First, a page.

3 Tips for Elder Resiliency

Two elderly women demonstrate elder resiliency as they enjoy a game of mahjong at a table. One wears a grey sweater and glasses, smiling with her hand poised over the tiles. The other, in a purple top, reaches for pieces, with a walker visible in the background. They look content and engaged.

By Sydney Clevenger, with scheduling assistance from Rose Schnitzer Manor Active Assisted Living Resident Arlene Layton

With all that’s happening in the world, particularly since Covid, aging with grace has become an even tougher task.

What makes some individuals more resilient to life’s ups and downs?

We asked three elders at Cedar Sinai Park‘s Rose Schnitzer Manor Active Assisted Living—Eva, Reva, and Eve— for tips on keeping positive, active, and engaged. That scheduling a get-together with the three ladies was a task unto itself—they had only a short window of time between a friends’ lunch, Mah Jong, and a mindfulness lecture—leads to tip number one.

  1. Socialization

Our seniors agreed that it is important to be independent, but also to have people around regularly.

“I thrive on people,” said Eva, 89. “I suggest for people to get involved and not live by themselves.”

Reva, 81, agrees that isolation can be a recipe for negativity. “Finding peers with whom to share and not depending upon your children for entertainment is important,” she said. “Sometimes, my daughter who lives [in the town I live in] will call and ask me to dinner. And I’ll say ‘Gee, I’d like to, but I’m doing such and such.’ That’s the kind of relationship I want. There are people where I live that I can talk to and socialize with and enjoy.”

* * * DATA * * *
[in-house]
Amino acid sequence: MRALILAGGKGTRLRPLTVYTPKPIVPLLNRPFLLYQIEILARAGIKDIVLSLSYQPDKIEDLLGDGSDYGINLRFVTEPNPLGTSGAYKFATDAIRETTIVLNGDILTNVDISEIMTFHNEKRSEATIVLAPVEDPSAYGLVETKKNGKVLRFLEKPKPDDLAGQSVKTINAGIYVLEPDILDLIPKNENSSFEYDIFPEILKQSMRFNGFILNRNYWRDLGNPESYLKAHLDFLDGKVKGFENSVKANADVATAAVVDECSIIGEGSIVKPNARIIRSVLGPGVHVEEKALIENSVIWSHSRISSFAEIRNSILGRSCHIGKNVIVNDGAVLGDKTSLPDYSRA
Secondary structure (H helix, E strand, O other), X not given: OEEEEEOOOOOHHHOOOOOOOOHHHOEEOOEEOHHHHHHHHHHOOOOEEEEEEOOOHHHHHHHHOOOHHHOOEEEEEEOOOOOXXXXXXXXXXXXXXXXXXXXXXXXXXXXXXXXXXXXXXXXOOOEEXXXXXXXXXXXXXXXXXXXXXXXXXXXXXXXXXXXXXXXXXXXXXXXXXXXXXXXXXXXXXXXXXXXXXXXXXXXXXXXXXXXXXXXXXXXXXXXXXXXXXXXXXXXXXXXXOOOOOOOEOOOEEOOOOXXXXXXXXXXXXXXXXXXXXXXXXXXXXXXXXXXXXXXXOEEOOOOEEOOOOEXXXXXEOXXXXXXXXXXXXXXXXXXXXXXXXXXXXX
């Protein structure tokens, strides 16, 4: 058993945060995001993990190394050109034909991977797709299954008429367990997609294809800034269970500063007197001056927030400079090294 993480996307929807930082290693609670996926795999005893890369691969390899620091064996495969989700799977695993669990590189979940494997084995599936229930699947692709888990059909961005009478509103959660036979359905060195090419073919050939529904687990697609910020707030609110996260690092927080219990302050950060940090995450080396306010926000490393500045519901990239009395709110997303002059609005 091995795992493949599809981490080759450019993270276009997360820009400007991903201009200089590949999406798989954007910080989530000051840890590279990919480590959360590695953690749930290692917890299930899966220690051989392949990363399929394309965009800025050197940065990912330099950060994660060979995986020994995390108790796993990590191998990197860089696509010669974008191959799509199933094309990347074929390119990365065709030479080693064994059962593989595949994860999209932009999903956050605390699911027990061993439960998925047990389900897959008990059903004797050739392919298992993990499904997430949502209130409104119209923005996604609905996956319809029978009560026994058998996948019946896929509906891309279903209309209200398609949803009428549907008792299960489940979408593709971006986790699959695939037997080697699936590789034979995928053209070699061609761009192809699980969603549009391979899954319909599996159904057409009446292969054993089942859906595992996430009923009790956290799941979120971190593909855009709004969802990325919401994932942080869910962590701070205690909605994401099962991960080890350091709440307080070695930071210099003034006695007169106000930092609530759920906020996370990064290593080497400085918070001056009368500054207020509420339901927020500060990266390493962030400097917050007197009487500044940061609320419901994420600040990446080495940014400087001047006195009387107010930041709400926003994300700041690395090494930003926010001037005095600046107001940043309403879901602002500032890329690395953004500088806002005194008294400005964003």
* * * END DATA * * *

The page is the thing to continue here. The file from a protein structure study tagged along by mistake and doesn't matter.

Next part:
Adds Eva: “I can’t imagine staying in a house by myself and thinking that’s good living. The TV doesn’t give much interaction. Here, I can walk out of my room and talk to the staff or visitors and it’s very nice.”

  1. Humor

Eva hails from California most recently, and Reva from Connecticut. They didn’t know each other previously before living in a senior community. But they hit it off right away due to their similar humor.

“I got here about a month before Reva did,” said Eva. “And when she came into the dining room, she was looking for a place to sit. She came to my table and we just hit it off. We’ve sat together ever since, and our group has grown. We just have a great time together. We love to confuse the servers when they ask our names [since their names rhyme]. We always say if we were ever in the same school at the same time, the two of us would have been expelled. We laugh a lot. It helps; it really does.”

  1. Purpose

For Reva, playing games like bridge, Scrabble, and Mah Jong keep her mind active. And she starts every day by playing a round of Wordle. “Got it in three this morning,” she said. “I did, too!” said Eva.

Eve, 94, suggests focusing on what you can do, and what you want to do, rather than what you can no longer do. “A woman came into my office when I was still working and said, ‘You know, my mother gets up in the morning and she goes into the bathroom, looks in the mirror, and says, ‘Oh, I’m so glad to see you!’ I thought that was a very good attitude,” said Eve.

Reva said elders should take the opportunity to try new experiences. She was recently inspired by a fellow resident who went to France at age 98 for a World War II ceremony.

“That made me think . . .maybe I could travel at age 98!” said Reva.

“Never say never,” added Eve.